The reviews that have been posted online are a mixed bunch, many finding the work so-so, but the production excellent. This post presents a selection, with summaries and links for further reading.
Elizabeth Frayer & Shawn E Milnes, 'Schleppy Nabuccos' Blog, online link
Director David Pountney’s staging was terrific...Weinberg’s music is evocative... I greatly enjoyed the varied composition in The Passenger. (Frayer)
I found it too long as the action lost me at several points and I found my mind wandering...the farther away we venture from the initial presented perspective of Liese’s first person account of her story to her husband, and the longer we stay away from it, the greater the risk of breaking the audience's connection to the story. (Milne).
George Greller, New York Classical Review - link
If anything might refute Theodor Adorno's statement that "to write a poem after Auschwitz is barbaric"[sic], it would be Mieczysław Weinberg's opera The Passenger... Just as one begins to think that Weinberg is a superior craftsman but without first-rate brilliance, the composer produces some breathtaking melodic and structural invention.
Anthony Tommasini, New York Times - link
The strongest quality of The Passenger... is the visceral way the work exposes the tension between the present and the past of its two main characters. The hero of the evening and, truly, of the opera, was Ms. Posmysz, whose novel was drawn from her own experiences at Auschwitz. Now 90, she received a prolonged ovation, along with the cast, the production team and Mr. Summers.
David Patrick Stearns, Operavore blog, WQXR - link
Mieczyslaw Weinberg's 1968 opera The Passenger is not the great, cathartic Holocaust opera that we've been waiting for. One beautiful voice after another... emerged only periodically amid Weinberg's unmelodic vocal lines. More curious, the less-than-singable lines often lack dramatic eloquence, despite the savvy efforts of Michelle Breedt as the Auschwitz overseer Liese and James Maddalena as the ship's spectral steward. So instrumentally oriented is the score that its best scene isn't vocal at all: Defying orders to play a Nazi-favored waltz, a Jewish violinist force feeds the authorities Bach's famous unaccompanied Chaconne.--------------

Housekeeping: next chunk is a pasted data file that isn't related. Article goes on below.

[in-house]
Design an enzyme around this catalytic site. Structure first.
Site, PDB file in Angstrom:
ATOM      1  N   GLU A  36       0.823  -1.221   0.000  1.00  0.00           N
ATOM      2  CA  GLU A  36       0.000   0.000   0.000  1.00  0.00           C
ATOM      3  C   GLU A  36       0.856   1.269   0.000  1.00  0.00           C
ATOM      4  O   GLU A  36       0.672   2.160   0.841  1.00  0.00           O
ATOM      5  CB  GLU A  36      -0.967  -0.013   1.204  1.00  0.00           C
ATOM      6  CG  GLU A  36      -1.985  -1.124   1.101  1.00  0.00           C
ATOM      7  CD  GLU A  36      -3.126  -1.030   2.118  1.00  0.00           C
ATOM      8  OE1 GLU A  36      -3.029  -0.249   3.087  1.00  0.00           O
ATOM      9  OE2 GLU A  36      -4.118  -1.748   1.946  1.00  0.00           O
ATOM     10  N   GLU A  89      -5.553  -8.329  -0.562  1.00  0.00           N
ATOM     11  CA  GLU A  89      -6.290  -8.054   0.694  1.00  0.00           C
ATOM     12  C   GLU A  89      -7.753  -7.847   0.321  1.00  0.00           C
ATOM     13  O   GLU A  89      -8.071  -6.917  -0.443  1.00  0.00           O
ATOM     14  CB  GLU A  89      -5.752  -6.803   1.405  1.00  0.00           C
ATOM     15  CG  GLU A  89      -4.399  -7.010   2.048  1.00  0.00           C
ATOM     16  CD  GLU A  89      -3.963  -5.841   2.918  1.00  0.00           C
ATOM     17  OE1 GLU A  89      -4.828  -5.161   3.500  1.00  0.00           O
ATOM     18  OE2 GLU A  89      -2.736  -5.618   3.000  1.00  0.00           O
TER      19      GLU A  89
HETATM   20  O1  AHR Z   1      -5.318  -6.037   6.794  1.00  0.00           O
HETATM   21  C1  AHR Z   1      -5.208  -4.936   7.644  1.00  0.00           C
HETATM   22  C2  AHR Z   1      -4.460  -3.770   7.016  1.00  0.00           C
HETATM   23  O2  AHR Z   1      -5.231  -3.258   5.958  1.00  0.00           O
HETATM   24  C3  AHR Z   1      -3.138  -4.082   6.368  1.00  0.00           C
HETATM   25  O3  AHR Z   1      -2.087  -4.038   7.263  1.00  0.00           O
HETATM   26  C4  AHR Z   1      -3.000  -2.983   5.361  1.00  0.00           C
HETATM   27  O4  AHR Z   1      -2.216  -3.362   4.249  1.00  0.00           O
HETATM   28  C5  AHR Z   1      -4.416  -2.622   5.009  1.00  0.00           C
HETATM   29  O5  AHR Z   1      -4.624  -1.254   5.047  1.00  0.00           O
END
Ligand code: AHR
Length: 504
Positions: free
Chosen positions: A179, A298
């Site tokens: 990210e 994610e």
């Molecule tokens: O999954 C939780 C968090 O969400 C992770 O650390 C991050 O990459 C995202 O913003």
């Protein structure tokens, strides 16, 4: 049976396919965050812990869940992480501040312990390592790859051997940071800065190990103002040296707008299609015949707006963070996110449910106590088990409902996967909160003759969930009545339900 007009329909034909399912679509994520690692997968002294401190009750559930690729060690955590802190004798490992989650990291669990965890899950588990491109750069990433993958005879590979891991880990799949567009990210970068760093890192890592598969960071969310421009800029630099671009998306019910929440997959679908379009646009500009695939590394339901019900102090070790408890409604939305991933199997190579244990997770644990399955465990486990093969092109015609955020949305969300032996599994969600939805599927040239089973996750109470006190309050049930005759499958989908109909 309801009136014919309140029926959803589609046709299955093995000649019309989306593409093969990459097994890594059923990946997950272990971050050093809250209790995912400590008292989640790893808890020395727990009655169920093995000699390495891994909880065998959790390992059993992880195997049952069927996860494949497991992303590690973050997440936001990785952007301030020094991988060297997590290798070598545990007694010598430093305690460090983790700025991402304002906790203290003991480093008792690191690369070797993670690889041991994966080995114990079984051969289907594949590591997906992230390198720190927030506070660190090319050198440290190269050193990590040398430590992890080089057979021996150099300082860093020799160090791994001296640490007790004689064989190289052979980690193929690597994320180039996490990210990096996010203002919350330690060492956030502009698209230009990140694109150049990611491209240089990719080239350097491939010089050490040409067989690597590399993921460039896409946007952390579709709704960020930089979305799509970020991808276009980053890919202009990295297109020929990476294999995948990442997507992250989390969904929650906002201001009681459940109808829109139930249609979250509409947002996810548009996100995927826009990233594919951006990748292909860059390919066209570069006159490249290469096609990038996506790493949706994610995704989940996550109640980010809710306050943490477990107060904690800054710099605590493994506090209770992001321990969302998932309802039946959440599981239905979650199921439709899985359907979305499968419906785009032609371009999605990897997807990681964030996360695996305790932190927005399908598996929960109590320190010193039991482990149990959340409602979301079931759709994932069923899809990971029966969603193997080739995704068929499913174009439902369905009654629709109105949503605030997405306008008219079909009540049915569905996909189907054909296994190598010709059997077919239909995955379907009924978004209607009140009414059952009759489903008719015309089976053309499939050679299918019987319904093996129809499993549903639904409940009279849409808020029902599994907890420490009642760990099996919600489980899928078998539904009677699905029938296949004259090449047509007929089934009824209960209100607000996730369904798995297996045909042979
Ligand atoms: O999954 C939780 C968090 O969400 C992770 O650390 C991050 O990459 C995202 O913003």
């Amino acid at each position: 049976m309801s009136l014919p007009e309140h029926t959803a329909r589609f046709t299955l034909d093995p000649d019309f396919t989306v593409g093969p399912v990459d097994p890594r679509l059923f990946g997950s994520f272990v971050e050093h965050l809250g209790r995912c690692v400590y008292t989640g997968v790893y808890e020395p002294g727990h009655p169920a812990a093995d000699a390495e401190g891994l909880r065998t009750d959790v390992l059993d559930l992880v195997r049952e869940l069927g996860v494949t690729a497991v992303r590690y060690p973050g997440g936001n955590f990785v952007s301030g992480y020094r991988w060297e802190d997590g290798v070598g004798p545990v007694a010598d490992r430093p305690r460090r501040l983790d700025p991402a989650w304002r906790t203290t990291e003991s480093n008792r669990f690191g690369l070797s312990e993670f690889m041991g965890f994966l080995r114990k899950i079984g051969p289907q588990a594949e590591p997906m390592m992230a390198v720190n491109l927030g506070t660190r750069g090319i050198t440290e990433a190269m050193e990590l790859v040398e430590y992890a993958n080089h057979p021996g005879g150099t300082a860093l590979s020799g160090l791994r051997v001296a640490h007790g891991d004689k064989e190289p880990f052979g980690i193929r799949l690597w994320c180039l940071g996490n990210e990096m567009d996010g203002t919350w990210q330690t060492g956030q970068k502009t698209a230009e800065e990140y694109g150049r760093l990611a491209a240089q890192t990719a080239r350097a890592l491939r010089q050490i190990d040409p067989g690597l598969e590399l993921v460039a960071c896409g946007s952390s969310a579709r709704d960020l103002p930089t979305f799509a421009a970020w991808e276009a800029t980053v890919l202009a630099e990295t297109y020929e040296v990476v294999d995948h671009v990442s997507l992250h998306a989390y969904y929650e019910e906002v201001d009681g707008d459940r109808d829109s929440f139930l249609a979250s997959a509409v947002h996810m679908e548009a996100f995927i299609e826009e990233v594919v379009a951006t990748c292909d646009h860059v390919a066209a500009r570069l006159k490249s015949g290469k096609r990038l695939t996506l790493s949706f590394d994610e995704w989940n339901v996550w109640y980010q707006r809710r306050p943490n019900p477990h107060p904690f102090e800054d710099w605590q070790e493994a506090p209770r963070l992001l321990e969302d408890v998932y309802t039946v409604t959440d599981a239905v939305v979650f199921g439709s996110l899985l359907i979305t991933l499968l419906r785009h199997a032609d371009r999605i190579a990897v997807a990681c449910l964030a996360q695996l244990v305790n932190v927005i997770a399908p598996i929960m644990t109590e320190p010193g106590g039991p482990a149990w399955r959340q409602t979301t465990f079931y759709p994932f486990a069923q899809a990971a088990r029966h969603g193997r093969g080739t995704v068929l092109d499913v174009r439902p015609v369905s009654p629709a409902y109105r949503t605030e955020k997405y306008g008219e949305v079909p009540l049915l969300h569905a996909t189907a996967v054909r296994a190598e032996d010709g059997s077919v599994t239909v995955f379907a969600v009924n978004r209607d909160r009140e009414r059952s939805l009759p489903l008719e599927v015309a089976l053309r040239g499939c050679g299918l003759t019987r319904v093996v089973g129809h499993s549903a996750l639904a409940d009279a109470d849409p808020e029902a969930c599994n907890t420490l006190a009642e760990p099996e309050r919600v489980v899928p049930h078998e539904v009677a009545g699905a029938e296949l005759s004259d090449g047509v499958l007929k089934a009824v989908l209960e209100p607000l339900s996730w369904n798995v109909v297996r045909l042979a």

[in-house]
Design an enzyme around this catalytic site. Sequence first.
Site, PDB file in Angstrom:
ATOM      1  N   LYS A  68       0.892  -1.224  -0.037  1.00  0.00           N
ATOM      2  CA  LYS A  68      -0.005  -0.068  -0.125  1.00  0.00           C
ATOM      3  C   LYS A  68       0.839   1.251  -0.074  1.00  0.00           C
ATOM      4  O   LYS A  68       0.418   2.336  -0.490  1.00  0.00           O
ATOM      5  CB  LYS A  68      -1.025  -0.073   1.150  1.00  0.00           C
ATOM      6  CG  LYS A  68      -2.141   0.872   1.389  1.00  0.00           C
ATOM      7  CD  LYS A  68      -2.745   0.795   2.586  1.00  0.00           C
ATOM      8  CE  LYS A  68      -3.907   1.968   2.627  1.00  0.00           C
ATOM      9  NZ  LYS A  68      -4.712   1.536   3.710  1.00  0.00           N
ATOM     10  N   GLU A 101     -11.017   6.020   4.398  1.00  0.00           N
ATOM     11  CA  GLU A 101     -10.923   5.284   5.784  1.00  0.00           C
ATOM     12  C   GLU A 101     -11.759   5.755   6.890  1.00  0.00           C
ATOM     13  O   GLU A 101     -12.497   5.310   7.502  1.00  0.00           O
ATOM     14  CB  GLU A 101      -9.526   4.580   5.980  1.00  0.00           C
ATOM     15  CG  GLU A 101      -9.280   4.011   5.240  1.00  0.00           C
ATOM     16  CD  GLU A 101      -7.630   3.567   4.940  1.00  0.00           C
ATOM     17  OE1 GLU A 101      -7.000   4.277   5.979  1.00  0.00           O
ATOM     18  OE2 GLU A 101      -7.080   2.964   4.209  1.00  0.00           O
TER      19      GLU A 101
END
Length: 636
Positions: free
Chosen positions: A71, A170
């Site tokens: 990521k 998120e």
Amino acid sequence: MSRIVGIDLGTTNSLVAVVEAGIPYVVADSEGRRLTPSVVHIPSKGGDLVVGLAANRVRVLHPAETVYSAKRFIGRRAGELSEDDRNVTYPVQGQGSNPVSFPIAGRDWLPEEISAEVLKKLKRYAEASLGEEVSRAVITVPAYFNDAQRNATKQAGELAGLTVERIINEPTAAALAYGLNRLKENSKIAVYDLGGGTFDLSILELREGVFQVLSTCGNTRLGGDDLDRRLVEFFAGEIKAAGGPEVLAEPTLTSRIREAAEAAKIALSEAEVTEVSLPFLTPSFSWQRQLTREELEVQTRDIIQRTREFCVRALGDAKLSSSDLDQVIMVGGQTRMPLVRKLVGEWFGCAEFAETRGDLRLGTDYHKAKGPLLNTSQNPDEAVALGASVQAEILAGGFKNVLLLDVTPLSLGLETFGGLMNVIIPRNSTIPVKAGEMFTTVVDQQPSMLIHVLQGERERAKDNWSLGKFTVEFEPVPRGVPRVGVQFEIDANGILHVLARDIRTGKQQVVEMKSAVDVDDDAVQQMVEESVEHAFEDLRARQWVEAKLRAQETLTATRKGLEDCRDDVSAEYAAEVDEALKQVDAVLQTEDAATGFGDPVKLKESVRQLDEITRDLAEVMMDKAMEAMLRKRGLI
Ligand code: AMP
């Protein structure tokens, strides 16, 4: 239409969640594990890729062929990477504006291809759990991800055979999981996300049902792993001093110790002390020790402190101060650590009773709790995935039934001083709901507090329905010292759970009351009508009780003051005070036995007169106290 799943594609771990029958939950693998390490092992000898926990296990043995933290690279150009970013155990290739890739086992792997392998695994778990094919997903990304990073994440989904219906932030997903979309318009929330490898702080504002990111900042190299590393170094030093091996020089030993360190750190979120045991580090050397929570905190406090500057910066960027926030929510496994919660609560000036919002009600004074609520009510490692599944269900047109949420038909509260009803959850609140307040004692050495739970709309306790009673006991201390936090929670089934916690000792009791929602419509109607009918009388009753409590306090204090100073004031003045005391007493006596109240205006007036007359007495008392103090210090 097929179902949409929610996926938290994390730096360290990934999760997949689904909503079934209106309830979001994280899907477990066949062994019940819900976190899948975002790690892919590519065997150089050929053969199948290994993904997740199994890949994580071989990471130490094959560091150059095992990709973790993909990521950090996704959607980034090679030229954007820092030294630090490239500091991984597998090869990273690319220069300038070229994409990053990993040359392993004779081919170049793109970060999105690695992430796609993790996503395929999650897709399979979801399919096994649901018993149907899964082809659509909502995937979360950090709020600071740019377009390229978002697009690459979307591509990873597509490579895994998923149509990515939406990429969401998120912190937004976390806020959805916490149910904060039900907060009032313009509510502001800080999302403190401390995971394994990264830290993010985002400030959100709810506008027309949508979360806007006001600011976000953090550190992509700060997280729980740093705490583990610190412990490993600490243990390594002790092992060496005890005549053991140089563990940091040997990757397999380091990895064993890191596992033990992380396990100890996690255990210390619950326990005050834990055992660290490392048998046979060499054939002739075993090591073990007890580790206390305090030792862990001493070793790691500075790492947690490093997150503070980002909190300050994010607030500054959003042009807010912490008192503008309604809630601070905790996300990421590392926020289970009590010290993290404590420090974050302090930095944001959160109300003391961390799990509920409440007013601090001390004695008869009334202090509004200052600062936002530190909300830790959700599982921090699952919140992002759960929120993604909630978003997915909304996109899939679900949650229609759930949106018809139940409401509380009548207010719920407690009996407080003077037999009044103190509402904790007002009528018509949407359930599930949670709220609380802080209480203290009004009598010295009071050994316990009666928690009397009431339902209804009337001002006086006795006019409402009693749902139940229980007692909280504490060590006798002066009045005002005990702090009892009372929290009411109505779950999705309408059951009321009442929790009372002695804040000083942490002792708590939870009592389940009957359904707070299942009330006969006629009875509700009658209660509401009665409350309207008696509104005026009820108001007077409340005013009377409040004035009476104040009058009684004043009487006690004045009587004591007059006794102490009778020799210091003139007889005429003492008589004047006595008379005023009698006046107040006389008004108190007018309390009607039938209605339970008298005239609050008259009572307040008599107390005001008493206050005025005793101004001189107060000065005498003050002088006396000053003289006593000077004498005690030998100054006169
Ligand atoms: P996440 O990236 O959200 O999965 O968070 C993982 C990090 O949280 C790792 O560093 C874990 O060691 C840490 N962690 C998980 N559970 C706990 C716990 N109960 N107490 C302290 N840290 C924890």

Justin Davidson, Vulture.com - link
The Passenger has been resurrected in the guise of a historical triumph — a tale that must be told, a score that must be heard. But it remains troubling, an earnest, frequently beautiful, and fitfully powerful drama about the relationship between prisoner and guard. Its many splendid moments aestheticize Auschwitz; its weaker ones fall back on brutal cliché...Unwilling to write music as ugly as the situation and unable to plumb the complexities of the two women’s mutual dependency and hate, he falls back on a series of manipulative setpieces. But the opera’s emotional climax belongs not to either of the protagonists, but to Katya, a young partisan superbly sung by Kelly Kaduce, who brings her hardened barracks mates to tears with a plaintive Russian folk song. This may have been Weinberg’s attempt to ingratiate himself with Soviet authorities, rather than an integral part of the story, but it works its magic on New York audiences, too.--------------
Paul J. Pelkonen, Superconductor blog - link
Despite the questionable acoustic placement of the musicians, Weinberg's massive score was eclipsed by the white-hot intensity of the story and the searing performances of the two female leads... the sweet vocal ensembles are among the opera's best moments, recalling Weinberg's expertise as a writer of string quartets. These caged angels were all established as distinct personalities, working together against their Nazi oppressors and showing great personal courage as they passed notes, plucked flowers, celebrated Marta's birthday and struggled to survive. Most of them didn't.-------------
Martin Bernheimer, Financial Times - link
It is difficult not to be moved by Mieczyslaw Weinberg’s The Passenger... For at least one observer, it promised more than it could deliver... His brashly idealistic creation, which might have benefited from the intervention of a tough editor, harbours odd ingredients: Straussian passion, Brittenesque reflection, modernist dissonance and folksy-jazzy-popsy decoration... The acoustic limitations of the Armory drill hall required generous amplification, which made everyone sound heroic beyond the norm. A muted ovation at the end of three long hours of concerted misery suggested relief as much as approbation.----------
Please feel free to link more reviews/articles in the comments box below - D.E.
Just as one begins to think that Weinberg is a superior craftsman but without first-rate brilliance, the composer produces some breathtaking melodic and structural invention.